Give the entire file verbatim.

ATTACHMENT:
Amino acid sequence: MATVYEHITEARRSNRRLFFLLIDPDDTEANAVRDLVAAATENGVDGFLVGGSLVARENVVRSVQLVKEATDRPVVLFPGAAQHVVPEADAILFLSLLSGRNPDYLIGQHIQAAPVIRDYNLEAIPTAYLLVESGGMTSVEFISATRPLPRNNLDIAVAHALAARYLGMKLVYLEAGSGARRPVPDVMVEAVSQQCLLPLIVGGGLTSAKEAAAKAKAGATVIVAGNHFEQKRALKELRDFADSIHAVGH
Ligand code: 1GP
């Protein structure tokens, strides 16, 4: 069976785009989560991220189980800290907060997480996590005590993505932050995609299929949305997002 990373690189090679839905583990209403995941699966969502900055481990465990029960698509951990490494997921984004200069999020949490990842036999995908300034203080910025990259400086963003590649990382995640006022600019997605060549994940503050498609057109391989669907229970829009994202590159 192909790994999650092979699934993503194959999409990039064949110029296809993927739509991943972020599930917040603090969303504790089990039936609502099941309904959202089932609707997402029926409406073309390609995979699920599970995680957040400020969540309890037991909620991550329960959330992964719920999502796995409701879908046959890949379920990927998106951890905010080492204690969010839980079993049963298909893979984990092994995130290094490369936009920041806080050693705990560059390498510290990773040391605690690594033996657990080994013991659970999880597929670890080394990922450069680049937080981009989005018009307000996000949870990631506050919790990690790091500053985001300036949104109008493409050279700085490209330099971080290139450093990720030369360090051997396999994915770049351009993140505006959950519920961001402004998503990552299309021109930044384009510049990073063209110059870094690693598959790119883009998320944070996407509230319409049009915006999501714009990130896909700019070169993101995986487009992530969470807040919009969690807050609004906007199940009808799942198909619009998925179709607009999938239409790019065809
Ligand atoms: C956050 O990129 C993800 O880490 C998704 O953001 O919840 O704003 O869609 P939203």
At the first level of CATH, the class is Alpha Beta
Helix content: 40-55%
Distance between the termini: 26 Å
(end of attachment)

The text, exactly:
Amino acid sequence: MATVYEHITEARRSNRRLFFLLIDPDDTEANAVRDLVAAATENGVDGFLVGGSLVARENVVRSVQLVKEATDRPVVLFPGAAQHVVPEADAILFLSLLSGRNPDYLIGQHIQAAPVIRDYNLEAIPTAYLLVESGGMTSVEFISATRPLPRNNLDIAVAHALAARYLGMKLVYLEAGSGARRPVPDVMVEAVSQQCLLPLIVGGGLTSAKEAAAKAKAGATVIVAGNHFEQKRALKELRDFADSIHAVGH
Ligand code: 1GP
């Protein structure tokens, strides 16, 4: 069976785009989560991220189980800290907060997480996590005590993505932050995609299929949305997002 990373690189090679839905583990209403995941699966969502900055481990465990029960698509951990490494997921984004200069999020949490990842036999995908300034203080910025990259400086963003590649990382995640006022600019997605060549994940503050498609057109391989669907229970829009994202590159 192909790994999650092979699934993503194959999409990039064949110029296809993927739509991943972020599930917040603090969303504790089990039936609502099941309904959202089932609707997402029926409406073309390609995979699920599970995680957040400020969540309890037991909620991550329960959330992964719920999502796995409701879908046959890949379920990927998106951890905010080492204690969010839980079993049963298909893979984990092994995130290094490369936009920041806080050693705990560059390498510290990773040391605690690594033996657990080994013991659970999880597929670890080394990922450069680049937080981009989005018009307000996000949870990631506050919790990690790091500053985001300036949104109008493409050279700085490209330099971080290139450093990720030369360090051997396999994915770049351009993140505006959950519920961001402004998503990552299309021109930044384009510049990073063209110059870094690693598959790119883009998320944070996407509230319409049009915006999501714009990130896909700019070169993101995986487009992530969470807040919009969690807050609004906007199940009808799942198909619009998925179709607009999938239409790019065809
Ligand atoms: C956050 O990129 C993800 O880490 C998704 O953001 O919840 O704003 O869609 P939203």
At the first level of CATH, the class is Alpha Beta
Helix content: 40-55%
Distance between the termini: 26 Å